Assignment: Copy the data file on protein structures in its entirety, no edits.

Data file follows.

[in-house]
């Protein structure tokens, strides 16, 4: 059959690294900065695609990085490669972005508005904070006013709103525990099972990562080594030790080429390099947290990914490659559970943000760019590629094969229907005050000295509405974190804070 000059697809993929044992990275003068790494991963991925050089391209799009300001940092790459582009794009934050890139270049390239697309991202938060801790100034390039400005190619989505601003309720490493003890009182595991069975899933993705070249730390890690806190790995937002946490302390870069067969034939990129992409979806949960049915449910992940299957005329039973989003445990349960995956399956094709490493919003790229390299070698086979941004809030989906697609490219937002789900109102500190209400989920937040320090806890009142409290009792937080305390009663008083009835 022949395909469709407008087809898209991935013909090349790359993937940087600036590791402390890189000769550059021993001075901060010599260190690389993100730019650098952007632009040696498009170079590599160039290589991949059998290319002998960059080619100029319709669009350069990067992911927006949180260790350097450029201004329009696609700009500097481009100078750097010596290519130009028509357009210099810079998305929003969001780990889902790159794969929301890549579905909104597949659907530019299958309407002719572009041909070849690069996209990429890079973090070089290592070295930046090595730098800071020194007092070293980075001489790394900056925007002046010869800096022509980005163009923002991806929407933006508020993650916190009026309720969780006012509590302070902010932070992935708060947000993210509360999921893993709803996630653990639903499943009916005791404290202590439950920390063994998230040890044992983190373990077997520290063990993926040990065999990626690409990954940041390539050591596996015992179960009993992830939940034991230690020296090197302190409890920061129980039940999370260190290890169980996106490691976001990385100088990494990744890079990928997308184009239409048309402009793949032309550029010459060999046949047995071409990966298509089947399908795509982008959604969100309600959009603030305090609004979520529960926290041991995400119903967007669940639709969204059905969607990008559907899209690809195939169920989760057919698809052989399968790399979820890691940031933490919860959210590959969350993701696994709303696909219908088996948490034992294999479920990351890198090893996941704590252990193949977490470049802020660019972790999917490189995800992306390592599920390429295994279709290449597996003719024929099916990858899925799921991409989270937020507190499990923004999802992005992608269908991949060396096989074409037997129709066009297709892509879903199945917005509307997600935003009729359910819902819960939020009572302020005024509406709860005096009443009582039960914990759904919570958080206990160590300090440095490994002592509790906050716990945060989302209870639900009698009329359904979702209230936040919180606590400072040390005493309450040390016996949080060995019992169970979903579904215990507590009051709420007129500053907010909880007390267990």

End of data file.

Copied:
[in-house]
């Protein structure tokens, strides 16, 4: 059959690294900065695609990085490669972005508005904070006013709103525990099972990562080594030790080429390099947290990914490659559970943000760019590629094969229907005050000295509405974190804070 000059697809993929044992990275003068790494991963991925050089391209799009300001940092790459582009794009934050890139270049390239697309991202938060801790100034390039400005190619989505601003309720490493003890009182595991069975899933993705070249730390890690806190790995937002946490302390870069067969034939990129992409979806949960049915449910992940299957005329039973989003445990349960995956399956094709490493919003790229390299070698086979941004809030989906697609490219937002789900109102500190209400989920937040320090806890009142409290009792937080305390009663008083009835 022949395909469709407008087809898209991935013909090349790359993937940087600036590791402390890189000769550059021993001075901060010599260190690389993100730019650098952007632009040696498009170079590599160039290589991949059998290319002998960059080619100029319709669009350069990067992911927006949180260790350097450029201004329009696609700009500097481009100078750097010596290519130009028509357009210099810079998305929003969001780990889902790159794969929301890549579905909104597949659907530019299958309407002719572009041909070849690069996209990429890079973090070089290592070295930046090595730098800071020194007092070293980075001489790394900056925007002046010869800096022509980005163009923002991806929407933006508020993650916190009026309720969780006012509590302070902010932070992935708060947000993210509360999921893993709803996630653990639903499943009916005791404290202590439950920390063994998230040890044992983190373990077997520290063990993926040990065999990626690409990954940041390539050591596996015992179960009993992830939940034991230690020296090197302190409890920061129980039940999370260190290890169980996106490691976001990385100088990494990744890079990928997308184009239409048309402009793949032309550029010459060999046949047995071409990966298509089947399908795509982008959604969100309600959009603030305090609004979520529960926290041991995400119903967007669940639709969204059905969607990008559907899209690809195939169920989760057919698809052989399968790399979820890691940031933490919860959210590959969350993701696994709303696909219908088996948490034992294999479920990351890198090893996941704590252990193949977490470049802020660019972790999917490189995800992306390592599920390429295994279709290449597996003719024929099916990858899925799921991409989270937020507190499990923004999802992005992608269908991949060396096989074409037997129709066009297709892509879903199945917005509307997600935003009729359910819902819960939020009572302020005024509406709860005096009443009582039960914990759904919570958080206990160590300090440095490994002592509790906050716990945060989302209870639900009698009329359904979702209230936040919180606590400072040390005493309450040390016996949080060995019992169970979903579904215990507590009051709420007129500053907010909880007390267990």